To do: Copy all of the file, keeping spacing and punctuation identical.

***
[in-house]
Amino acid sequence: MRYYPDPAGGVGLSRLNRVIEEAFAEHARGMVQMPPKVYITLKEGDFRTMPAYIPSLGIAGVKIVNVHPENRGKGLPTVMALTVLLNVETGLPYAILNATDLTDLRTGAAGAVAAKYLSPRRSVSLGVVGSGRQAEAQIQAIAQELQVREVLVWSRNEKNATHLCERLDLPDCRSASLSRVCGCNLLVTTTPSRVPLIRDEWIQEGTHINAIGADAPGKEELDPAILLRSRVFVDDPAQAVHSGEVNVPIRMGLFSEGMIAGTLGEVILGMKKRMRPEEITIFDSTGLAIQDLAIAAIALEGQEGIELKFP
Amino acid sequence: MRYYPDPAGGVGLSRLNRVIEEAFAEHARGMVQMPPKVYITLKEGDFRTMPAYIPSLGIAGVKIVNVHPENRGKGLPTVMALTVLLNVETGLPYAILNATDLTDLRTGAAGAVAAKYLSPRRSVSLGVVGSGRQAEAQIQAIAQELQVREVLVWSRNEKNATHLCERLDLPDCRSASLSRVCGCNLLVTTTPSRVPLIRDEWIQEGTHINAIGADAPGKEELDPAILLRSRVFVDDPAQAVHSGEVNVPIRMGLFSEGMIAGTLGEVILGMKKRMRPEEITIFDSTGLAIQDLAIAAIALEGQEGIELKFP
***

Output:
[in-house]
Amino acid sequence: MRYYPDPAGGVGLSRLNRVIEEAFAEHARGMVQMPPKVYITLKEGDFRTMPAYIPSLGIAGVKIVNVHPENRGKGLPTVMALTVLLNVETGLPYAILNATDLTDLRTGAAGAVAAKYLSPRRSVSLGVVGSGRQAEAQIQAIAQELQVREVLVWSRNEKNATHLCERLDLPDCRSASLSRVCGCNLLVTTTPSRVPLIRDEWIQEGTHINAIGADAPGKEELDPAILLRSRVFVDDPAQAVHSGEVNVPIRMGLFSEGMIAGTLGEVILGMKKRMRPEEITIFDSTGLAIQDLAIAAIALEGQEGIELKFP
Amino acid sequence: MRYYPDPAGGVGLSRLNRVIEEAFAEHARGMVQMPPKVYITLKEGDFRTMPAYIPSLGIAGVKIVNVHPENRGKGLPTVMALTVLLNVETGLPYAILNATDLTDLRTGAAGAVAAKYLSPRRSVSLGVVGSGRQAEAQIQAIAQELQVREVLVWSRNEKNATHLCERLDLPDCRSASLSRVCGCNLLVTTTPSRVPLIRDEWIQEGTHINAIGADAPGKEELDPAILLRSRVFVDDPAQAVHSGEVNVPIRMGLFSEGMIAGTLGEVILGMKKRMRPEEITIFDSTGLAIQDLAIAAIALEGQEGIELKFP